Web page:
Multimodality treatment of posterior fossa arteriovenous malformations

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  • 1 Departments of Neurosurgery,
  • 3 Radiology,
  • 2 Neurology and Neurological Sciences, and Stanford Stroke Center, Stanford University School of Medicine, Stanford; and
  • 4 Department of Radiation Oncology, Loma Linda University, Loma Linda, California
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Object

Posterior fossa arteriovenous malformations (AVMs) are relatively uncommon and often difficult to treat. The authors present their experience with multimodality treatment of 76 posterior fossa AVMs, with an emphasis on Spetzler–Martin Grades III–V AVMs.

Methods

Seventy-six patients with posterior fossa AVMs treated with radiosurgery, surgery, and endovascular techniques were analyzed.

Results

Between 1982 and 2006, 36 patients with cerebellar AVMs, 33 with brainstem AVMs, and 7 with combined cerebellar–brainstem AVMs were treated. Natural history data were calculated for all 76 patients. The risk of hemorrhage from presentation until initial treatment was 8.4% per year, and it was 9.6% per year after treatment and before obliteration. Forty-eight patients had Grades III–V AVMs with a mean follow-up of 4.8 years (range 0.1–18.4 years, median 3.1 years). Fifty-two percent of patients with Grades III–V AVMs had complete obliteration at the last follow-up visit. Three (21.4%) of 14 patients were cured with a single radiosurgery treatment, and 4 (28.6%) of 14 with 1 or 2 radiosurgery treatments. Twenty-one (61.8%) of 34 patients were cured with multimodality treatment. The mean Glasgow Outcome Scale (GOS) score after treatment was 3.8. Multivariate analysis performed in the 48 patients with Grades III–V AVMs showed radiosurgery alone to be a negative predictor of cure (p = 0.0047). Radiosurgery treatment alone was not a positive predictor of excellent clinical outcome (GOS Score 5; p > 0.05). Nine (18.8%) of 48 patients had major neurological complications related to treatment.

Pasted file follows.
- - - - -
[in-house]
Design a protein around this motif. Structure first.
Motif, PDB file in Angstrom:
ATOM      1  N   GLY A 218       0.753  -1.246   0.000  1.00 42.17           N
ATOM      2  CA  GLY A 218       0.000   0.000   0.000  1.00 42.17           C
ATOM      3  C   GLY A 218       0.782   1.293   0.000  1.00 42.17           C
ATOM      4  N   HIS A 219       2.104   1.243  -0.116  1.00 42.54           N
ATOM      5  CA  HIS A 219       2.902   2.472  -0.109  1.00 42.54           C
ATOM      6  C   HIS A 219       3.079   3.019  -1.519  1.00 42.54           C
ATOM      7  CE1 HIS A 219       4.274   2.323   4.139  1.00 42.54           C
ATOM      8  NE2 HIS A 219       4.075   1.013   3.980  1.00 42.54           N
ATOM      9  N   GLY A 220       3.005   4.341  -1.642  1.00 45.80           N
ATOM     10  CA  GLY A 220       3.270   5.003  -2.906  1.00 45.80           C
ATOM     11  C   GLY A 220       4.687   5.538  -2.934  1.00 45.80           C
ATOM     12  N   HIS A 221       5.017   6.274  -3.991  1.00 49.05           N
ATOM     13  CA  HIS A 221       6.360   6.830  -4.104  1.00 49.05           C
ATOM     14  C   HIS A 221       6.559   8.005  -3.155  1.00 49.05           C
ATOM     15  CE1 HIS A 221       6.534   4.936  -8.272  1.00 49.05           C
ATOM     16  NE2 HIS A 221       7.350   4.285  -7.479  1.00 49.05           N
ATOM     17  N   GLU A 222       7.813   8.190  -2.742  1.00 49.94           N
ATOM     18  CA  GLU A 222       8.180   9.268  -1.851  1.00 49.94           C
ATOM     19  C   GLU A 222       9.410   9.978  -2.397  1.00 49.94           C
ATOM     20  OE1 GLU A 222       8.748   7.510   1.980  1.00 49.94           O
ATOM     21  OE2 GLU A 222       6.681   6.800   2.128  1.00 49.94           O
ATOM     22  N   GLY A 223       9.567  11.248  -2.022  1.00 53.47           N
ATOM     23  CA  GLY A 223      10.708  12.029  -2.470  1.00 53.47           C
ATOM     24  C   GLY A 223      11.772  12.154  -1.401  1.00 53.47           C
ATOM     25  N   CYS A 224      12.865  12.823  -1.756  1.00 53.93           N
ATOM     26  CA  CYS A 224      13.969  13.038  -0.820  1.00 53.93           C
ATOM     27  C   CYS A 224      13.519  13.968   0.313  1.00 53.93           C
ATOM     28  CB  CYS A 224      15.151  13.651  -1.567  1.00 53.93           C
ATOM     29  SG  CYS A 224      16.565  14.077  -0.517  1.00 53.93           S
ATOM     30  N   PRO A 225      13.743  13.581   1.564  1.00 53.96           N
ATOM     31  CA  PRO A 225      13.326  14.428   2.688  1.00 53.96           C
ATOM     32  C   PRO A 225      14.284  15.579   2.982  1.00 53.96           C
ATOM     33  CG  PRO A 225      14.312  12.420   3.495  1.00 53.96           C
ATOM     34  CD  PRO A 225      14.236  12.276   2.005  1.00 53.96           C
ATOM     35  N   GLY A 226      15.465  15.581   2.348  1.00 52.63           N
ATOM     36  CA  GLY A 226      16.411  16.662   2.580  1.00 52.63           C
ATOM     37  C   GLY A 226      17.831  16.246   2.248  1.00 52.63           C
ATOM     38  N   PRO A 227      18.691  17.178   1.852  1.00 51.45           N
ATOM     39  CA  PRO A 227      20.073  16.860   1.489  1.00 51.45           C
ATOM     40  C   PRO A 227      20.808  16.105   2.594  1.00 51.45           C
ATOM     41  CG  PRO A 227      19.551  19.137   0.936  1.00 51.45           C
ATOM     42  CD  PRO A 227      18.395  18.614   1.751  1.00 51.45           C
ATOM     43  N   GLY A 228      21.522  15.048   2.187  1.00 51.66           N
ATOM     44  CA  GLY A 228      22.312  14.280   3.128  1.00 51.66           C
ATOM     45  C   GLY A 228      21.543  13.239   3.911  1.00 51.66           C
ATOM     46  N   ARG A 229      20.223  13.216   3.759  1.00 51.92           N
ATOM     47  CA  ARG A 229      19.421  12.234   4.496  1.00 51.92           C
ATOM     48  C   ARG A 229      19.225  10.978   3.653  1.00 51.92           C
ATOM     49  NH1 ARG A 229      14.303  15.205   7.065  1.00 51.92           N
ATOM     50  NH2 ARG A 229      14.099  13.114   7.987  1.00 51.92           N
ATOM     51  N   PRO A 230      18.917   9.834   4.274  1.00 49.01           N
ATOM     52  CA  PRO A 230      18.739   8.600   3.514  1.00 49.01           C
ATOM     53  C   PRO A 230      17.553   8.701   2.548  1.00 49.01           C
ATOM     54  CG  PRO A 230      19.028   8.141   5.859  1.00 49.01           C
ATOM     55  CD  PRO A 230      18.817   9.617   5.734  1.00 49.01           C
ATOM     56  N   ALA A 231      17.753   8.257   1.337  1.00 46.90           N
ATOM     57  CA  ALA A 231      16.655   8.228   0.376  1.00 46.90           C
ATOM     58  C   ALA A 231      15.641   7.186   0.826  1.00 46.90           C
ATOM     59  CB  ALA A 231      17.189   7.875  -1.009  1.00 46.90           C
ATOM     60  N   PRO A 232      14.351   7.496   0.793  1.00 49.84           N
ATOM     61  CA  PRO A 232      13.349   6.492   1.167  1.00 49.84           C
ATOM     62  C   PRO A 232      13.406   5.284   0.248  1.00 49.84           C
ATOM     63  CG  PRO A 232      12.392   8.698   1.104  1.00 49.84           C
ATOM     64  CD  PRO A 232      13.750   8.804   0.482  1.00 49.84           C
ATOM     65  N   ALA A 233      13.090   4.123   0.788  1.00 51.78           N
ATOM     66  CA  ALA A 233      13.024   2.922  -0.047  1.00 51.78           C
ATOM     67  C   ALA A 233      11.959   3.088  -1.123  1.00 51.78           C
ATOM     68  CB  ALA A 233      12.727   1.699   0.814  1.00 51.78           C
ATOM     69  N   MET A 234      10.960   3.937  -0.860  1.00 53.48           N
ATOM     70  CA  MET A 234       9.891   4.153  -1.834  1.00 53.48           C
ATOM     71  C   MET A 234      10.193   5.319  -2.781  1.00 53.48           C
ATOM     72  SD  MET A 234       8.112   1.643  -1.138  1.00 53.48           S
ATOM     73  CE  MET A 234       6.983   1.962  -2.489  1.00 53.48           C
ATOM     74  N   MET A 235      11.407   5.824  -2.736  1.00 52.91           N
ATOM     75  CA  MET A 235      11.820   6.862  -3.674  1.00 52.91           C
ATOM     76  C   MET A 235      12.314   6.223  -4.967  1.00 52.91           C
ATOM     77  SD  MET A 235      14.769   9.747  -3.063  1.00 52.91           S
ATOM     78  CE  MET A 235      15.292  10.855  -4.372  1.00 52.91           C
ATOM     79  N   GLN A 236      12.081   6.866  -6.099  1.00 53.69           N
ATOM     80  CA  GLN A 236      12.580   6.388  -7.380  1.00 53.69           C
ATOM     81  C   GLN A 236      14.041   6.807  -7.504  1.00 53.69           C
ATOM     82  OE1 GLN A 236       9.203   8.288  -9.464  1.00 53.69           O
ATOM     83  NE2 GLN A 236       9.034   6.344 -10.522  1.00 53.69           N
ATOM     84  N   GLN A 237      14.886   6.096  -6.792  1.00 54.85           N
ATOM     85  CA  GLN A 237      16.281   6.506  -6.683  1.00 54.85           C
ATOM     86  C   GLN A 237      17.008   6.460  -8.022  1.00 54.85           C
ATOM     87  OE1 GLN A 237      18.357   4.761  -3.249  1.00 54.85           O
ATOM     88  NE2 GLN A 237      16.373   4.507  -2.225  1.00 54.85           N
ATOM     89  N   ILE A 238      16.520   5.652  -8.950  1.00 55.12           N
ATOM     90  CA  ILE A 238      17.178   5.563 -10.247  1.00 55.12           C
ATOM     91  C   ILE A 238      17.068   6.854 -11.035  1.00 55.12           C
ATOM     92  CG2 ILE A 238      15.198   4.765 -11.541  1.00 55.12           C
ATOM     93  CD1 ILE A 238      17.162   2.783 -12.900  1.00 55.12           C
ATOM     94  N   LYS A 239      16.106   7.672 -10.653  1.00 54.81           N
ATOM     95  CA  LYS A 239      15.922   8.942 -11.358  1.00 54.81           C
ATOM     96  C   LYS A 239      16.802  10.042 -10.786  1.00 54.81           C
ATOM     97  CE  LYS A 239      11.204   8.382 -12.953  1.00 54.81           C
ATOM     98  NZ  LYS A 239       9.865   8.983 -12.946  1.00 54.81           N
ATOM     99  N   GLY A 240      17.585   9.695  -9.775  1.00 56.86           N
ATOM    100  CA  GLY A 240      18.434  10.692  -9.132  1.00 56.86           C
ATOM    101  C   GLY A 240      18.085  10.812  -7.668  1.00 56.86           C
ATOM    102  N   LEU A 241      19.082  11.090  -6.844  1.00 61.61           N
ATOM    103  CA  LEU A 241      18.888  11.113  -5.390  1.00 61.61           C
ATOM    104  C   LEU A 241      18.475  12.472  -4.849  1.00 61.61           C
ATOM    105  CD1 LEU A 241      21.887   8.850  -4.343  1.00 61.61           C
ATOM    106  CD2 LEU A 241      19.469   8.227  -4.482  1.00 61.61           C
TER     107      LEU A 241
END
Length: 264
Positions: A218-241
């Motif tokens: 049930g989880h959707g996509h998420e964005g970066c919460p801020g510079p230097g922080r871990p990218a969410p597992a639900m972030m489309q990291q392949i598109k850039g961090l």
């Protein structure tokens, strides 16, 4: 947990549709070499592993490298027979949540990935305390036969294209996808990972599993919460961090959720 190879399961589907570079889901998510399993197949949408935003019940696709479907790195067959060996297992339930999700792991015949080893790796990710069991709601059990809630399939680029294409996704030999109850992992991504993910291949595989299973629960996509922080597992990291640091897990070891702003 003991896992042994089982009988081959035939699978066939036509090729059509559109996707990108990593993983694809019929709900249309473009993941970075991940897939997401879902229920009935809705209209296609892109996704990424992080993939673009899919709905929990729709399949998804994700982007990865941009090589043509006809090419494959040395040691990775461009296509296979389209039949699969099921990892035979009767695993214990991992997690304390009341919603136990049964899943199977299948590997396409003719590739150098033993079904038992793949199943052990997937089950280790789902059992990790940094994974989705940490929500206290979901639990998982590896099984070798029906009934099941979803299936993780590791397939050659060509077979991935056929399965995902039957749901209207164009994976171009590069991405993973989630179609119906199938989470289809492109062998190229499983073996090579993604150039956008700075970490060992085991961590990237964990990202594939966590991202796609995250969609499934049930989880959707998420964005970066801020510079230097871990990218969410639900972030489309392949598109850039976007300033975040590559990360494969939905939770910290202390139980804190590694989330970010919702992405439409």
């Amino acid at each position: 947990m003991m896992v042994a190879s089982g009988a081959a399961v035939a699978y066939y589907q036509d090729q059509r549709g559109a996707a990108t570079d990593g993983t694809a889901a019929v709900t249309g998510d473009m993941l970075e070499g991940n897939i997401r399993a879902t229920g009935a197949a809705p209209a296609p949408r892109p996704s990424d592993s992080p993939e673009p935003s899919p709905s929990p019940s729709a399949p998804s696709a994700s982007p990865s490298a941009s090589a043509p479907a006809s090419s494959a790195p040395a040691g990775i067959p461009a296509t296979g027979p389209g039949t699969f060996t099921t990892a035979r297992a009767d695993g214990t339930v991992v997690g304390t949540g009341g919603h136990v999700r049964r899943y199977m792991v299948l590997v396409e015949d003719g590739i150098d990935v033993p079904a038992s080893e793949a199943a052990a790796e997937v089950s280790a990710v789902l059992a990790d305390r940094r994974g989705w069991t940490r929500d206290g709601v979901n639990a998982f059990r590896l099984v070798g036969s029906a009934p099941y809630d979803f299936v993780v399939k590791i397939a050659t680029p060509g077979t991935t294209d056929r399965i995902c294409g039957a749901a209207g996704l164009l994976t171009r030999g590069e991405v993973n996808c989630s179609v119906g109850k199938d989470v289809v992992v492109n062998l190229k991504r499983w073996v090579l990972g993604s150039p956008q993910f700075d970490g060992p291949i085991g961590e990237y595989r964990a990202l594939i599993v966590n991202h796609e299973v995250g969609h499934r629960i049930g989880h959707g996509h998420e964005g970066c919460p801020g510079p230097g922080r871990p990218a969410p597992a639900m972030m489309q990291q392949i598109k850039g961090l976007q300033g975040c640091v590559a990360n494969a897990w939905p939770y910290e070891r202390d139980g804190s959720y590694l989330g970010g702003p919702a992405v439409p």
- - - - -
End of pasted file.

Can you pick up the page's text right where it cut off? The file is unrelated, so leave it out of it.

Conclusions

Single-treatment radiosurgery has a low cure rate for posterior fossa Spetzler–Martin Grades III–V AVMs. Multimodality therapy nearly tripled this cure rate, with an acceptable risk of complications and excellent or good clinical outcomes in 81% of patients. Radiosurgery alone should be used for intrinsic brainstem AVMs, and multimodality treatment should be considered for all other posterior fossa AVMs.

Abbreviations used in this paper: AVM = arteriovenous malformation; GCS = Glasgow Coma Scale; GOS = Glasgow Outcome Scale; LINAC = linear accelerator; MR = magnetic resonance.

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Contributor Notes

Address correspondence to: Gary K. Steinberg, M.D., Ph.D., Department of Neurosurgery, Stanford University, 300 Pasteur Drive, R200, Stanford, California 94305-5327. email: gsteinberg@stanford.edu.
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